October 20, 2009

A Quick Pre-Departure Update

So quick, in fact, that I don’t even have time to come up with a snappy title to entice my reader (apologies Prof. Siegler, no ‘Accusations of Atheism’ here)! Packing for two years takes time people…

A couple of days ago I received some new information about my departure and training that negates what I said previously about my contact for the next couple months. It appears that I will NOT have internet access during training. Hamdallaye, the small village where we will be living through the end of December, has no internet cafes or other facilities. But I remind you all…snail mail!

I have learned quite a bit more about what my schedule will be like during training and, since it seems I won’t be able to describe it as it unfolds, I’ll provide a quick rundown now. My fellow trainees and I, young and wildly enthusiastic, will arrive in Niger Thursday afternoon, where we will be greeted by current volunteers who will give us the traditional welcome gift of a warm bottle of water. Simply enthralled to be off the plane and finally getting a chance to save the world, we will pound that bottle of water and ask immediately who we can help.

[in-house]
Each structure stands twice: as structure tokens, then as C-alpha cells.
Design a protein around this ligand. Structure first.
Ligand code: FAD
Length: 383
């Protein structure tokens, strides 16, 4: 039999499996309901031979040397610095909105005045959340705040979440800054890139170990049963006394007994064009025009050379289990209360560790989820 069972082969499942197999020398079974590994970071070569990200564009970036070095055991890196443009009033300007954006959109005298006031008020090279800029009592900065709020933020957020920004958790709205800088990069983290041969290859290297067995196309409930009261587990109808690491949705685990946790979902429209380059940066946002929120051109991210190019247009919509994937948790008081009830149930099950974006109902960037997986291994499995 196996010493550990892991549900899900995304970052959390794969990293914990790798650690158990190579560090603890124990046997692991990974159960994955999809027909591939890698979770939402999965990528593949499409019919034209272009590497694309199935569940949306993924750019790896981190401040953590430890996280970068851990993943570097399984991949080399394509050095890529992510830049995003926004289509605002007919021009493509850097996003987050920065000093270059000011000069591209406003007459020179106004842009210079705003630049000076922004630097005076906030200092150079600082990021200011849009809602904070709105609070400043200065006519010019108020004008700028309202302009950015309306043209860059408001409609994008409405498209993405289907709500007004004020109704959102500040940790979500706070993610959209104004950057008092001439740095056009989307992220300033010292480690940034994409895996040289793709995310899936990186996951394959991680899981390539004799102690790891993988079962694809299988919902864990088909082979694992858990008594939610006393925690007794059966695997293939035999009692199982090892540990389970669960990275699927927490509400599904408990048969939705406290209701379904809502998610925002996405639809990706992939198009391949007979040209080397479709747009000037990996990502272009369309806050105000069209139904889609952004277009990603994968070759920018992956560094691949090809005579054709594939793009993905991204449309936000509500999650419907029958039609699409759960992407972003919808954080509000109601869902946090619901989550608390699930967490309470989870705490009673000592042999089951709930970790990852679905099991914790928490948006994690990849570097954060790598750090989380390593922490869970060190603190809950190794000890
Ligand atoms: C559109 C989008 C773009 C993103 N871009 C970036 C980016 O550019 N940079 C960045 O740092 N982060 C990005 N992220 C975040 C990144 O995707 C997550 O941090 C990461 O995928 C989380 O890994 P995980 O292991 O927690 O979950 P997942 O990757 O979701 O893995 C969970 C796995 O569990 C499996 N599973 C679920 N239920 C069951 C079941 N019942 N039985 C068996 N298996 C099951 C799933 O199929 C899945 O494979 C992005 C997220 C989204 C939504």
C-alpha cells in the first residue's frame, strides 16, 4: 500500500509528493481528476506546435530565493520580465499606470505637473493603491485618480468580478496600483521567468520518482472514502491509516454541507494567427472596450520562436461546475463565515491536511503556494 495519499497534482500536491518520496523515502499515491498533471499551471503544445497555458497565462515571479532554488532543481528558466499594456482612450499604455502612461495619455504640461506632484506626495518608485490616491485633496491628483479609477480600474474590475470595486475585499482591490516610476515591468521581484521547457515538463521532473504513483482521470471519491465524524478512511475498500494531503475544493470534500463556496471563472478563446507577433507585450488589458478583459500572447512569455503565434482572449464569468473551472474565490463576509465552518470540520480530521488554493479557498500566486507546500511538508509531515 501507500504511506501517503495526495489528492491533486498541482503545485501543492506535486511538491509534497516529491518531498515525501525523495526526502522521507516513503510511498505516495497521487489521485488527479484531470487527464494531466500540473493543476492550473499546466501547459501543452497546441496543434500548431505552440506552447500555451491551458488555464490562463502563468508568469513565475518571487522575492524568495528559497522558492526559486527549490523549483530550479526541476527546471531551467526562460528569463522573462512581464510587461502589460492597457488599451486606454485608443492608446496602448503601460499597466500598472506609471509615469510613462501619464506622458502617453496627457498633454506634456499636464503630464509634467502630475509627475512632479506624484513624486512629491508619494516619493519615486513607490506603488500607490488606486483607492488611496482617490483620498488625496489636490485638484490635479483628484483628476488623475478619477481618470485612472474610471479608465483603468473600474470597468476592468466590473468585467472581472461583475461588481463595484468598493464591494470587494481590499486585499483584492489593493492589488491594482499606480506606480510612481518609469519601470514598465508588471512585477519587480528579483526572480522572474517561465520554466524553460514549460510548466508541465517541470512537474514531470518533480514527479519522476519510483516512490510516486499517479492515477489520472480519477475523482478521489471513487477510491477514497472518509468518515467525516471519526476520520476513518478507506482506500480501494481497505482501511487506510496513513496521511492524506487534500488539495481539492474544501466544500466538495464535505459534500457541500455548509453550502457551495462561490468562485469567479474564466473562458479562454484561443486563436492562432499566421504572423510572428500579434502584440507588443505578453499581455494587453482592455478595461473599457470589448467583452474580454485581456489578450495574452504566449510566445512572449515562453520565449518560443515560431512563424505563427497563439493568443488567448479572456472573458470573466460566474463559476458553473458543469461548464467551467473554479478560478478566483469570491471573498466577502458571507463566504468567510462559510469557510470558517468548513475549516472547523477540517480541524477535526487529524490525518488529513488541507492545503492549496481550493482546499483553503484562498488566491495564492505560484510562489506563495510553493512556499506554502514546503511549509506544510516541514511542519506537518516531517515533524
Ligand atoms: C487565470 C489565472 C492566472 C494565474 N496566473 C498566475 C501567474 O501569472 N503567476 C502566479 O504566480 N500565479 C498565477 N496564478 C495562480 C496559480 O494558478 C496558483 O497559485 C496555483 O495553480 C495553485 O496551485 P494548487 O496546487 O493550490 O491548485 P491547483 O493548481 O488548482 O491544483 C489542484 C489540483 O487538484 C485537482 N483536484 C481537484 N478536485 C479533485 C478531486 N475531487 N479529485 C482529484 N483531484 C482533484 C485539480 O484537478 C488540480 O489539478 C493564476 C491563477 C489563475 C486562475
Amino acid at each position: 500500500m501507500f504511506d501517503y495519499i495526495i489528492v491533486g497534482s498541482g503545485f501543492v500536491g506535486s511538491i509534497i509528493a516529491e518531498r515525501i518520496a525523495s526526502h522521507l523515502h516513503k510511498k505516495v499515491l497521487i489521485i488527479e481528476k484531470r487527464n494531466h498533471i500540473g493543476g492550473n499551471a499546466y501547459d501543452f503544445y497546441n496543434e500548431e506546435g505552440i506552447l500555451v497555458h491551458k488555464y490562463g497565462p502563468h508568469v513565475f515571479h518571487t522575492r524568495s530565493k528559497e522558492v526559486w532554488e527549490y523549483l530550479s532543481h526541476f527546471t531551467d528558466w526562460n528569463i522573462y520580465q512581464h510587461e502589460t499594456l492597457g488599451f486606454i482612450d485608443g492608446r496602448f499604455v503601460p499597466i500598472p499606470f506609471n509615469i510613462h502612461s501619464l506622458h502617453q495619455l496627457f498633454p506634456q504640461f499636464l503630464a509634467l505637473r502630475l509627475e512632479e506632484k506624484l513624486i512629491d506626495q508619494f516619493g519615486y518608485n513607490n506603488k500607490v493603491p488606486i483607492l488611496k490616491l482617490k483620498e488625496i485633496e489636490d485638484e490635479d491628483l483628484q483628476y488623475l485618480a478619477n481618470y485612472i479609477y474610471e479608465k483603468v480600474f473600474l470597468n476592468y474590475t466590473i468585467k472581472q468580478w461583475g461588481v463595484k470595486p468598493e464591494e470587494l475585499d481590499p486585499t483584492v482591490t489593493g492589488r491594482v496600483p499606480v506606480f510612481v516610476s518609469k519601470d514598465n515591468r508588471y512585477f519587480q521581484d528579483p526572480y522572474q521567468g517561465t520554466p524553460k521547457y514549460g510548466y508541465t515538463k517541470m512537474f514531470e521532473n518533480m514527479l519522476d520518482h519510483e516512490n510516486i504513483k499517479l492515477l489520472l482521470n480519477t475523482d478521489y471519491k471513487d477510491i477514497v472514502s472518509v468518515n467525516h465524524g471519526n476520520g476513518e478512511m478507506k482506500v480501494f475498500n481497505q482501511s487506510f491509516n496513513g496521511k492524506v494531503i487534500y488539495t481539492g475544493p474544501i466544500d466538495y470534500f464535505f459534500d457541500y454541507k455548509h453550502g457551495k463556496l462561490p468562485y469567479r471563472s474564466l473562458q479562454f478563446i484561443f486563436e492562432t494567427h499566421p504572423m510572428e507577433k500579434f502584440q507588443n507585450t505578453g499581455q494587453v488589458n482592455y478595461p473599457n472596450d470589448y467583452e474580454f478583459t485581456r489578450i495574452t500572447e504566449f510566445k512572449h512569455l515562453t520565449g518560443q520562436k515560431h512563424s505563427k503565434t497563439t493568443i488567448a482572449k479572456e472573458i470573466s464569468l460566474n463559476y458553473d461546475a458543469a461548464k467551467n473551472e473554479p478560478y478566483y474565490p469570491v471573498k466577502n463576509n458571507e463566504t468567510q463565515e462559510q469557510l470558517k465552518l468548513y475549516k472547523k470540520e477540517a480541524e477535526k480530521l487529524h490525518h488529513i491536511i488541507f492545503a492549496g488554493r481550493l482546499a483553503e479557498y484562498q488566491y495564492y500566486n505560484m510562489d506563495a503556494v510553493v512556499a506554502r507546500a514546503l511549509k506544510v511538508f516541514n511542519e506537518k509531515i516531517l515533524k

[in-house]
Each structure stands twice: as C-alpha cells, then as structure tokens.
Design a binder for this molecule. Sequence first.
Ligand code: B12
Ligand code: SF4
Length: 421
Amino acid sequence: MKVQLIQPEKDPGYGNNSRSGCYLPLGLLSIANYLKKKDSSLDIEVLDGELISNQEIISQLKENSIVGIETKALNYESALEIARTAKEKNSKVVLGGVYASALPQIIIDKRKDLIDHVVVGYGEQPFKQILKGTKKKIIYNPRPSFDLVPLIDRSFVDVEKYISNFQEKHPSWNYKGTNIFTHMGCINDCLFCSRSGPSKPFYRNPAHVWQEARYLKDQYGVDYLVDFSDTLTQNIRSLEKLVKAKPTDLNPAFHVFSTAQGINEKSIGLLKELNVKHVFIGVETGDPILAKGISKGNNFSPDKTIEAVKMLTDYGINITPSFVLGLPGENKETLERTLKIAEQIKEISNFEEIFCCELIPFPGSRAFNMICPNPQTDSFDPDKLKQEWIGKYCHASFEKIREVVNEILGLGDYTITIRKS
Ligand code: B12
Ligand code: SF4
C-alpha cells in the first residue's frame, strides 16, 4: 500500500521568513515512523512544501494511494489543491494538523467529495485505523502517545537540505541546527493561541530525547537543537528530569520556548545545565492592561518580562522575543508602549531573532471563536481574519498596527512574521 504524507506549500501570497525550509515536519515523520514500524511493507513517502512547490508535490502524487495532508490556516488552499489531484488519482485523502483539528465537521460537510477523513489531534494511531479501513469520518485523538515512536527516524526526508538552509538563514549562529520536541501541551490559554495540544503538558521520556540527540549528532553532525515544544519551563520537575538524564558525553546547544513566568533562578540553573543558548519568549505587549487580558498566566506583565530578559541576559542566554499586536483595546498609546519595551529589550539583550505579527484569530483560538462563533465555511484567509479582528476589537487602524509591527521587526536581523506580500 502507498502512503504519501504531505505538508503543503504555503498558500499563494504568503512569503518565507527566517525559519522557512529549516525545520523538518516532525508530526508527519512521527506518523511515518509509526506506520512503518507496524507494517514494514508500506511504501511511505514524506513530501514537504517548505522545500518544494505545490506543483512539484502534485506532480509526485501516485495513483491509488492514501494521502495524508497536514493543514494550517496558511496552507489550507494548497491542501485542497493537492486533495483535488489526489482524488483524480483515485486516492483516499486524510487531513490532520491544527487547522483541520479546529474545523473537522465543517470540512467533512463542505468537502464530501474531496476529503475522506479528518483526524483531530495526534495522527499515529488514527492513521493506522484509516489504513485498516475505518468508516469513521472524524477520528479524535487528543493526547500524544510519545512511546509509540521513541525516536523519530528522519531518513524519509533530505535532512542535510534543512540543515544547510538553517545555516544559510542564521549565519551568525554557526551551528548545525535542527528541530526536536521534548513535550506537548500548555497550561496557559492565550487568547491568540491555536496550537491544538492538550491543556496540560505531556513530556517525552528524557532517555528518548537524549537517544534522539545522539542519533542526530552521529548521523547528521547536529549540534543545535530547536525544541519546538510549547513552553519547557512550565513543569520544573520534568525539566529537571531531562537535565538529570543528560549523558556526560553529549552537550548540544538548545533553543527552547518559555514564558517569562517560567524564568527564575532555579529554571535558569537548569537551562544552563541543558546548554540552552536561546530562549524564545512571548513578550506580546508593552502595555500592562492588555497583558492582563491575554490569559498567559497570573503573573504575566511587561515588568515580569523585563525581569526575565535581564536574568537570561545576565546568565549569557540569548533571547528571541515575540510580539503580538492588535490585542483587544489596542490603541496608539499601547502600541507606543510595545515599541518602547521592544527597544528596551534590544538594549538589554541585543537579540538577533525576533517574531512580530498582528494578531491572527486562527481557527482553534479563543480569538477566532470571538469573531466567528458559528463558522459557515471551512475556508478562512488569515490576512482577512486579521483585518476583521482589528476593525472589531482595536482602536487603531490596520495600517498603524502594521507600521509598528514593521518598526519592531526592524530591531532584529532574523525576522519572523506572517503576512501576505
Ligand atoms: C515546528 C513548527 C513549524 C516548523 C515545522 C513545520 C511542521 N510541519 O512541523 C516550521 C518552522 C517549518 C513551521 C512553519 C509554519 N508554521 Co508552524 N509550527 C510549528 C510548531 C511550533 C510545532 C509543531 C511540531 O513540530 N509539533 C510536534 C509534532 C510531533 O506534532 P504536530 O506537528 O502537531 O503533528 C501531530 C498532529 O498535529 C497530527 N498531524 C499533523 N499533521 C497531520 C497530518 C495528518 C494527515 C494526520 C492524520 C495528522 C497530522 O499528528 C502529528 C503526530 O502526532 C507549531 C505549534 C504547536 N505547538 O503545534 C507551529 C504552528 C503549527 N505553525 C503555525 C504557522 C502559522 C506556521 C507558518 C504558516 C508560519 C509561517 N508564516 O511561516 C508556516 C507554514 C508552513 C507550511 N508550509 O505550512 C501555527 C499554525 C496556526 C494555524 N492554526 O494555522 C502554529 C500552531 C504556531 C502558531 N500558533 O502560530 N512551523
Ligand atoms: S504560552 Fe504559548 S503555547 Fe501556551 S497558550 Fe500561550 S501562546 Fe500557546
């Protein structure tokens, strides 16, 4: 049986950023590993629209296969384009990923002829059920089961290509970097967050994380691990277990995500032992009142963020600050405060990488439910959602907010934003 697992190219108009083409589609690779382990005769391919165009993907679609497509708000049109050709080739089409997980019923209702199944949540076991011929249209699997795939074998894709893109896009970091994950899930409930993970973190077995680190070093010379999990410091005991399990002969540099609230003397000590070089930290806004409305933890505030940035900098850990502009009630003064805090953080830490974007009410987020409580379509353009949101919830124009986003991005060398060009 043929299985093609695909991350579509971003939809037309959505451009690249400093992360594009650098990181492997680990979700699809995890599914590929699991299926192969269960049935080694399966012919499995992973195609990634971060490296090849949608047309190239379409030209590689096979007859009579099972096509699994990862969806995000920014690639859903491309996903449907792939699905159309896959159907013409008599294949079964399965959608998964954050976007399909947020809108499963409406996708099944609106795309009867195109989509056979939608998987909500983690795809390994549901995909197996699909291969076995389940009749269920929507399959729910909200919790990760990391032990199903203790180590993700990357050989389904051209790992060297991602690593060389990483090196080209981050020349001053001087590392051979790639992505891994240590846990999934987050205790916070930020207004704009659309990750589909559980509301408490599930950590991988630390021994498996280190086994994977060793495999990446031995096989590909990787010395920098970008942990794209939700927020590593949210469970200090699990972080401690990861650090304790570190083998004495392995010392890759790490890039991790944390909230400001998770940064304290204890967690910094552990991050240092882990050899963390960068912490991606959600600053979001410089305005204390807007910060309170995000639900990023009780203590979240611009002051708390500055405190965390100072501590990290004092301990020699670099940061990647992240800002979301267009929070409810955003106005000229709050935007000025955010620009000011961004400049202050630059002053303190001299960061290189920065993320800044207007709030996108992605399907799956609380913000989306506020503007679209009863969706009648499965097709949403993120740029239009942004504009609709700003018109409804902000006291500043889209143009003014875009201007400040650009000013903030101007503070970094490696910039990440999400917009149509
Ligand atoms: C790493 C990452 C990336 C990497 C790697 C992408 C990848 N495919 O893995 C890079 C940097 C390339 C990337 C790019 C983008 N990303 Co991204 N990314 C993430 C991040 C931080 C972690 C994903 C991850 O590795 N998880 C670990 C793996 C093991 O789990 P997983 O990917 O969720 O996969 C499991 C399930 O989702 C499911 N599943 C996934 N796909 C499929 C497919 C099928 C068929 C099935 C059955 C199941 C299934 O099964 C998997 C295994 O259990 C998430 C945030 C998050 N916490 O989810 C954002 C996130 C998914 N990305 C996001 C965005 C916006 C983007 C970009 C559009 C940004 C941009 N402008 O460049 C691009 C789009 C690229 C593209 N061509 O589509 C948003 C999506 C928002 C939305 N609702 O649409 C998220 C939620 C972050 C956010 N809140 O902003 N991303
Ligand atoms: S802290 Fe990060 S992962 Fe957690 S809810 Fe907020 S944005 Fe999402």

Thursday and Friday nights will be spent at the training center (I’m confident there will be spontaneous rounds of Kumbayah, hopefully with accompanying dance numbers). In our first few days we will be bombarded with a variety challenges and instruction: survival tips, a village tour, meeting the chief, language assessment, and a session on the use of Nigerien tools.

On Saturday, I will meet the family with whom I will be living for the duration of my nine-week training period. Depending upon which language I will be learning, my adoptive family will speak only Hausa or Zarma. Most of my days will be full of community-based language classes, cross-cultural and technical training, and medical, safety, and security instruction. Each day, I will receive a stipend of 1,500 CFA for all my expenses. At roughly three dollars a day, I remain a pretty cheap date.

After three weeks, each trainee will embark upon a demystification weekend, a visit to a volunteer currently in the field. (On a side note: I’m really hoping this is the weekend we get to pick our spirit-animal). Time will be spent meeting friends and neighbors and witnessing first-hand what life is like in the Sahel. Presumably, when each trainee returns, they still want to spend two years of their young life in such splendor (for once, I’ll be serious and say I do).

Because I’m in a hurry, I’ll give the rest of the training schedule in bullet form, because really, I’ve always believed that’s how papers should be turned in anyway:

Week 4: Site Placement Interviews

Week 5: Site Announcements

Week 7: Live-In (Visit to Permanent Site)

Week 9: Language Proficiency Test and Final Evaluation

December 30: Official Swearing-In at U.S. Ambassadors Residence in Niamey (ahem, house party!)

Wish me luck!